Patacones – a Delicious Vegan Treat

February 28, 2015
Serves 8 Patacones
Prep time
Cook Time

We visited Panama last week and had an amazing time, but one thing that really caught our attention was the patacones, double fried unripe plantains that are a favorite snack and side in Central America and the Caribbean.

The best part about this is that Patacones are incredibly easy to make, so easy that I even hesitate to call this a ‘recipe’.

You will generally get four patacones from each plantain, so when you are making these, use this as a guide for how many unripe plantains you need. By unripe plantain, you are looking for plantains that are still green.

They key to creating your own perfect patacones is experimentation.  People cook these very much to taste, so the thickness of the plantain chunks and the length of the first and second fry can have a  huge effect on the crispness, the chunkiness and the flavor.


  • 2
  • 1/2 Cup


  1. Peel the unripe plantains, the easiest way to do this is to cut the ends of the plantain and then carefully slice down one side of the fruit, then peeling the skin back.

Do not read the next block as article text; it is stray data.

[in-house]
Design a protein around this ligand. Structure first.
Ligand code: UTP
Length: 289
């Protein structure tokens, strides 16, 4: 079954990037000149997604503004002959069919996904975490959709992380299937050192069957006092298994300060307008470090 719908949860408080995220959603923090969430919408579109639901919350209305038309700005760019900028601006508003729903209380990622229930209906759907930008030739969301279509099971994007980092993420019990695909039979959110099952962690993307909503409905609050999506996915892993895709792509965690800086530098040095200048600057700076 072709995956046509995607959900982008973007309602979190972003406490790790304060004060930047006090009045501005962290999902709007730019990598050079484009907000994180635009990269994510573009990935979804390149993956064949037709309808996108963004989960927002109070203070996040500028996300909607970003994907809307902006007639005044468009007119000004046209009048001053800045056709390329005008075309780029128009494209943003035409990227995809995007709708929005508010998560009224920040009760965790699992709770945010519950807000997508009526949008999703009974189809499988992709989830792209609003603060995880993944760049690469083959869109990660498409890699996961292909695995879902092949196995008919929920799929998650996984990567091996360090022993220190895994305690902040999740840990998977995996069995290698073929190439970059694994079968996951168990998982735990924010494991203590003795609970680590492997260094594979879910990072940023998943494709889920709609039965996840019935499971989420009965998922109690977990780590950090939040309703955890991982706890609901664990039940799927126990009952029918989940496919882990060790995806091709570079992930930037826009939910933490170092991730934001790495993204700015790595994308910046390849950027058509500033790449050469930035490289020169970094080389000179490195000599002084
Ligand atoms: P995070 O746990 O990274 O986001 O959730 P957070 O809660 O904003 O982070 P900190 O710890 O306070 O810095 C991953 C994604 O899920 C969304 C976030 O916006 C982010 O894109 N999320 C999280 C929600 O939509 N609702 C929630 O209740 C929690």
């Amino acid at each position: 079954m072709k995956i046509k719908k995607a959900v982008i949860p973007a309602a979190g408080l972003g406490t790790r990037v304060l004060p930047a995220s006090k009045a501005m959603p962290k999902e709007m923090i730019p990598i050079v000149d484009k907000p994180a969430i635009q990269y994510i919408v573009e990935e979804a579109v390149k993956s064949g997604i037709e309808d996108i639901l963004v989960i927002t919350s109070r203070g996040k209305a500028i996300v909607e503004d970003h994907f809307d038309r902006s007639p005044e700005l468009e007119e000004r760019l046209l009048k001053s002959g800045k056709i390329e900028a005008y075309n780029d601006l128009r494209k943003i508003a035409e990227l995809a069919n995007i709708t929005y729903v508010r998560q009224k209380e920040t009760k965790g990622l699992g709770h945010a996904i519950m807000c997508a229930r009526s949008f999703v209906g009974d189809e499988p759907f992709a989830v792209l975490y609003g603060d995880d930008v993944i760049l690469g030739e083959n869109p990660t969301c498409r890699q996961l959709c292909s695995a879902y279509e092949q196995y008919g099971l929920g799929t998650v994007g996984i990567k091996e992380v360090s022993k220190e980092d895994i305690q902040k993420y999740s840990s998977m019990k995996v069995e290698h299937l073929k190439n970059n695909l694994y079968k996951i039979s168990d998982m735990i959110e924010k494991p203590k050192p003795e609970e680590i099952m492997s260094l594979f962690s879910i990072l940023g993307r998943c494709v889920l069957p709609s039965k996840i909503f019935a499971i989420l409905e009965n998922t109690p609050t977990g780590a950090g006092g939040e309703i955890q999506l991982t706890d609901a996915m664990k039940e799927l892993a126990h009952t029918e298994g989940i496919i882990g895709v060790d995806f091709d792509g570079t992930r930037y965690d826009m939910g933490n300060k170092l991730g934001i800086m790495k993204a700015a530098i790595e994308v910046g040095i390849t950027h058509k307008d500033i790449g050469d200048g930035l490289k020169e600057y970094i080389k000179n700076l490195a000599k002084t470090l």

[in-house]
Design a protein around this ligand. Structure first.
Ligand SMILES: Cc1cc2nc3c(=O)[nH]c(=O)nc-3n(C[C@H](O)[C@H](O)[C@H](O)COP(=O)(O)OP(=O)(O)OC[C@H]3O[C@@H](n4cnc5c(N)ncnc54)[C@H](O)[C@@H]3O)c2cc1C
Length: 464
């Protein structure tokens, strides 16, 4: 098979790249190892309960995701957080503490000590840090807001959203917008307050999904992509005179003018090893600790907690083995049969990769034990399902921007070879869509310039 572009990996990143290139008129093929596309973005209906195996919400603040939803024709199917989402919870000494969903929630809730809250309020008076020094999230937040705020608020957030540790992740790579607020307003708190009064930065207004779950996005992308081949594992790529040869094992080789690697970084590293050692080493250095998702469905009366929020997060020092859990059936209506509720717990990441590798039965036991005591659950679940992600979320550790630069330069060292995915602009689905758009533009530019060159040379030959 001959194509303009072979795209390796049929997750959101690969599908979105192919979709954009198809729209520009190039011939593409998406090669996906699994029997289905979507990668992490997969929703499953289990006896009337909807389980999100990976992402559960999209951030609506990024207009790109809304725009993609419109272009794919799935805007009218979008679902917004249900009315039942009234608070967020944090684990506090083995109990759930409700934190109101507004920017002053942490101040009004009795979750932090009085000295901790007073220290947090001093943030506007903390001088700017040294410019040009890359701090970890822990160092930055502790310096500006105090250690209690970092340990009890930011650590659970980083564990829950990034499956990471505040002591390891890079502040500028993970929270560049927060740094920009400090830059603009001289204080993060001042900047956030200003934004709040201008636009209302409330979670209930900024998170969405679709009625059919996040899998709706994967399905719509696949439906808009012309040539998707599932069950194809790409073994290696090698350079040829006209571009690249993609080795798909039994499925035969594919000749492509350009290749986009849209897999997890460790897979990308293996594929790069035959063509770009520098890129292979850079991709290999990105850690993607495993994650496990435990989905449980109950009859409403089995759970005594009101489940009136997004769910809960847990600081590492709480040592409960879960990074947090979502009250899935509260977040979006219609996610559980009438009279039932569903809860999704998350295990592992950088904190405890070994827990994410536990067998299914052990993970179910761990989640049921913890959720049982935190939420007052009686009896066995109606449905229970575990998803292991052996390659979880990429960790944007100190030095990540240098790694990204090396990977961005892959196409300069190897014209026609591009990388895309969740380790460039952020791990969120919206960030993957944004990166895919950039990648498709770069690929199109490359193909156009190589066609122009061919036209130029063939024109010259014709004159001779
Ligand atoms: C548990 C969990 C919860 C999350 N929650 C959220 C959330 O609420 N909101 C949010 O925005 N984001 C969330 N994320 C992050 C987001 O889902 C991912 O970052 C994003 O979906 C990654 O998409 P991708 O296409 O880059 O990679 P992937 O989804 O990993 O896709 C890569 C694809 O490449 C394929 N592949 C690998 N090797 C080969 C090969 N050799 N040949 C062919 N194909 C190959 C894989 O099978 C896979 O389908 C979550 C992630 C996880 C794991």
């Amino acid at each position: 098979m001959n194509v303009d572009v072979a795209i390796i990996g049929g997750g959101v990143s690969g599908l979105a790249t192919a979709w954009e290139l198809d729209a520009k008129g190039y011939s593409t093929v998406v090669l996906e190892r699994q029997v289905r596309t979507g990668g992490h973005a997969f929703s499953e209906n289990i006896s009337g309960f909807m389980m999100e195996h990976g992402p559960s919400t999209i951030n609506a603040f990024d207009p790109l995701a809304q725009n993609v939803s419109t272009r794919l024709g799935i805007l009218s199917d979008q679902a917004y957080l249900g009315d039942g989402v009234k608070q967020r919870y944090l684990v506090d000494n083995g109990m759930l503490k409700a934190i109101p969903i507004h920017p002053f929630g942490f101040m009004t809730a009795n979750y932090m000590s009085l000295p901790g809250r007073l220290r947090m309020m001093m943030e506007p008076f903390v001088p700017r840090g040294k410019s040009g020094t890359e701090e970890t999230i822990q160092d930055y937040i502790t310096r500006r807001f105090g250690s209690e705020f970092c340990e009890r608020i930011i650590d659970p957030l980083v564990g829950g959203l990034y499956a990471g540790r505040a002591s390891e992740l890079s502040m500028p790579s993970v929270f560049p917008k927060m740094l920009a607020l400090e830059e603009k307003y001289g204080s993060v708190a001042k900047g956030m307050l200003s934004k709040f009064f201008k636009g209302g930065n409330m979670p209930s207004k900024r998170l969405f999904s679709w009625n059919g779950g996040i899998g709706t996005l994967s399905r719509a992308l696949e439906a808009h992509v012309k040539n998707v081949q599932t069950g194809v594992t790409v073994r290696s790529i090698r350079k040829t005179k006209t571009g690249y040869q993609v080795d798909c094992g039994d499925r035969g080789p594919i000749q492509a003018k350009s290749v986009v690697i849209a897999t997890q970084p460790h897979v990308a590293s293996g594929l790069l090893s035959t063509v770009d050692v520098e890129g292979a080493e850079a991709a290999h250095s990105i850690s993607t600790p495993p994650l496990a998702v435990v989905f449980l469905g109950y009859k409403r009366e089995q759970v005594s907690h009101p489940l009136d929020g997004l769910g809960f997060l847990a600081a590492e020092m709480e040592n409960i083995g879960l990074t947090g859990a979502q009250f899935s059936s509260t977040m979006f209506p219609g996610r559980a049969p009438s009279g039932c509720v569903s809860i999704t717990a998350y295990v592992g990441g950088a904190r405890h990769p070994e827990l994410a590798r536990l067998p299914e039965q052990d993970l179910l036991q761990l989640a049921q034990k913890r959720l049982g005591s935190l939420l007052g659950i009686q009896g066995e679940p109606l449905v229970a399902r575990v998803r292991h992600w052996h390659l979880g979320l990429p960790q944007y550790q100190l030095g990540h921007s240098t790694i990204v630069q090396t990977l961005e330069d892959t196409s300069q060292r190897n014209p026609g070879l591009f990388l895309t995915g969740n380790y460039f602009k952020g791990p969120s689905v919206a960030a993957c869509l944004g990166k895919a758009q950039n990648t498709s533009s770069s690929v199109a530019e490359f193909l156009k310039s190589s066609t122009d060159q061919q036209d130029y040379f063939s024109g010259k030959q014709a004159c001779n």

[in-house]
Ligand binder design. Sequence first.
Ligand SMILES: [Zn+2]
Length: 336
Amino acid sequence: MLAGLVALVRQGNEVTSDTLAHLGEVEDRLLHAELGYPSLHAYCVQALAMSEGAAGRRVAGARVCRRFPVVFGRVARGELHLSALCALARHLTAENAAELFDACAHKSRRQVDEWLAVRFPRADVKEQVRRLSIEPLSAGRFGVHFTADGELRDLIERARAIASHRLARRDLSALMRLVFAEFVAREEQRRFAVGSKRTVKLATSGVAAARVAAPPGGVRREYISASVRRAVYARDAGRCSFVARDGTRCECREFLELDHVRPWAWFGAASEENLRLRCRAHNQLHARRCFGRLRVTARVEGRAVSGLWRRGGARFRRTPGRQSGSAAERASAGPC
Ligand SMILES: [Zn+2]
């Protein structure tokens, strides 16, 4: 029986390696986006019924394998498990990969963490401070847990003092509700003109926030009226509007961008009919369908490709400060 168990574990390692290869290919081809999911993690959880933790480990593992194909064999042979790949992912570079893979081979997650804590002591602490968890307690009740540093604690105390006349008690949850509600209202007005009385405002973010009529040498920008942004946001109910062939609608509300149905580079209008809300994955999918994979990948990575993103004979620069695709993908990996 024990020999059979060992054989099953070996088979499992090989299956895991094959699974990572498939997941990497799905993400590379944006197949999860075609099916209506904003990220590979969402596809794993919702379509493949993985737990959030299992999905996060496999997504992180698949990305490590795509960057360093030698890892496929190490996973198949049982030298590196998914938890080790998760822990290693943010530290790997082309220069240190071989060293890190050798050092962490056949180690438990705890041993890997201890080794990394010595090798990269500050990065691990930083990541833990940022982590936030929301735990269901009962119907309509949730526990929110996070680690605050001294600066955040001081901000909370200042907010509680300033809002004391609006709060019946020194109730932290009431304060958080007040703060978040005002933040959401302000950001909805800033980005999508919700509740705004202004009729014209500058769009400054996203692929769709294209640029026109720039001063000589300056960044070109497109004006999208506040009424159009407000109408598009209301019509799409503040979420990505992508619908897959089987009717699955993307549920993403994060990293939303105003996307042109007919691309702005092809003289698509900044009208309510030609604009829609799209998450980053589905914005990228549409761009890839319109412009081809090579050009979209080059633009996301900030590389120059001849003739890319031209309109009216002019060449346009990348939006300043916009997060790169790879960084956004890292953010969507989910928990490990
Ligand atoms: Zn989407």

2. Once you have peeled the plantains you need to slice the fruit in to 3-4 pieces, each piece should be just shy of an inch, but you should really cut to your tastes here, some people prefer slightly thicker or thinner pieces to others. Experiment as you cook them!

  3. The key to great patacones is the ‘double fry’.

    Fill a deep pan with around an inch of oil and put it on a medium high heat.

    Bring the oil to a high temperature/boil and then place your plantain chunks in. Leave them in until they develop a yellow (not golden) color and flip them until cooked evenly.

  4. Once they are cooked remove them from the oil and lay them on a paper towel, or on a plate where they can drain a little.

  5. Now for the fun part.

    Take each fried plantain chunk and squish it. You can use specialized tools for this, but really you just need two flat surfaces. You can adjust how much you crush them to taste, thinner patacones have a ‘crispier’ taste, where as thicker patacones have a softer center.

  6. After the first fry you can salt them, this is optional but some people think this does taste better. You can also freeze patacones after the first fry, and save them for a second fry later.

  7. second fry later.

    If you are ready to eat you can now do the second fry.

    You only need to leave these in for a very short time, this is a ‘crisping’ process, so look for a golden sheen.

  8. Once they are done you are ready to eat! In Panama people generally salt or use hot sauce on their Patacones, and are eaten as a snack, or a side.


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